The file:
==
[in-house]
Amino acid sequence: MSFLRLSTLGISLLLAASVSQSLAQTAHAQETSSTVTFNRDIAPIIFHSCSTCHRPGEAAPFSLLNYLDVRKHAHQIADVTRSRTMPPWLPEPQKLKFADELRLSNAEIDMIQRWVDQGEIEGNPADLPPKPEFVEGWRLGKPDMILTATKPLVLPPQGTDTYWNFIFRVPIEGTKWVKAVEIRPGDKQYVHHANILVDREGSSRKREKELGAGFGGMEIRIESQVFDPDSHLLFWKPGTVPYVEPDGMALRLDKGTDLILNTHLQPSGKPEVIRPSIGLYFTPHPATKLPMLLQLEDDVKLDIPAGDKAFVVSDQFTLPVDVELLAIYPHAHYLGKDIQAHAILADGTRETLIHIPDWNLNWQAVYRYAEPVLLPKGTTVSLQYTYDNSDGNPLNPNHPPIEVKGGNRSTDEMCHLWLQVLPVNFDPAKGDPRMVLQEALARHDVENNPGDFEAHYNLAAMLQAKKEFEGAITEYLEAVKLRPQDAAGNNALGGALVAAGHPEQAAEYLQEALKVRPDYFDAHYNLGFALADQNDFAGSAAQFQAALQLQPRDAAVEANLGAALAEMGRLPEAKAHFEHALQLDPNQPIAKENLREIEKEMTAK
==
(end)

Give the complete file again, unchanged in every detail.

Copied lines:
[in-house]
Amino acid sequence: MSFLRLSTLGISLLLAASVSQSLAQTAHAQETSSTVTFNRDIAPIIFHSCSTCHRPGEAAPFSLLNYLDVRKHAHQIADVTRSRTMPPWLPEPQKLKFADELRLSNAEIDMIQRWVDQGEIEGNPADLPPKPEFVEGWRLGKPDMILTATKPLVLPPQGTDTYWNFIFRVPIEGTKWVKAVEIRPGDKQYVHHANILVDREGSSRKREKELGAGFGGMEIRIESQVFDPDSHLLFWKPGTVPYVEPDGMALRLDKGTDLILNTHLQPSGKPEVIRPSIGLYFTPHPATKLPMLLQLEDDVKLDIPAGDKAFVVSDQFTLPVDVELLAIYPHAHYLGKDIQAHAILADGTRETLIHIPDWNLNWQAVYRYAEPVLLPKGTTVSLQYTYDNSDGNPLNPNHPPIEVKGGNRSTDEMCHLWLQVLPVNFDPAKGDPRMVLQEALARHDVENNPGDFEAHYNLAAMLQAKKEFEGAITEYLEAVKLRPQDAAGNNALGGALVAAGHPEQAAEYLQEALKVRPDYFDAHYNLGFALADQNDFAGSAAQFQAALQLQPRDAAVEANLGAALAEMGRLPEAKAHFEHALQLDPNQPIAKENLREIEKEMTAK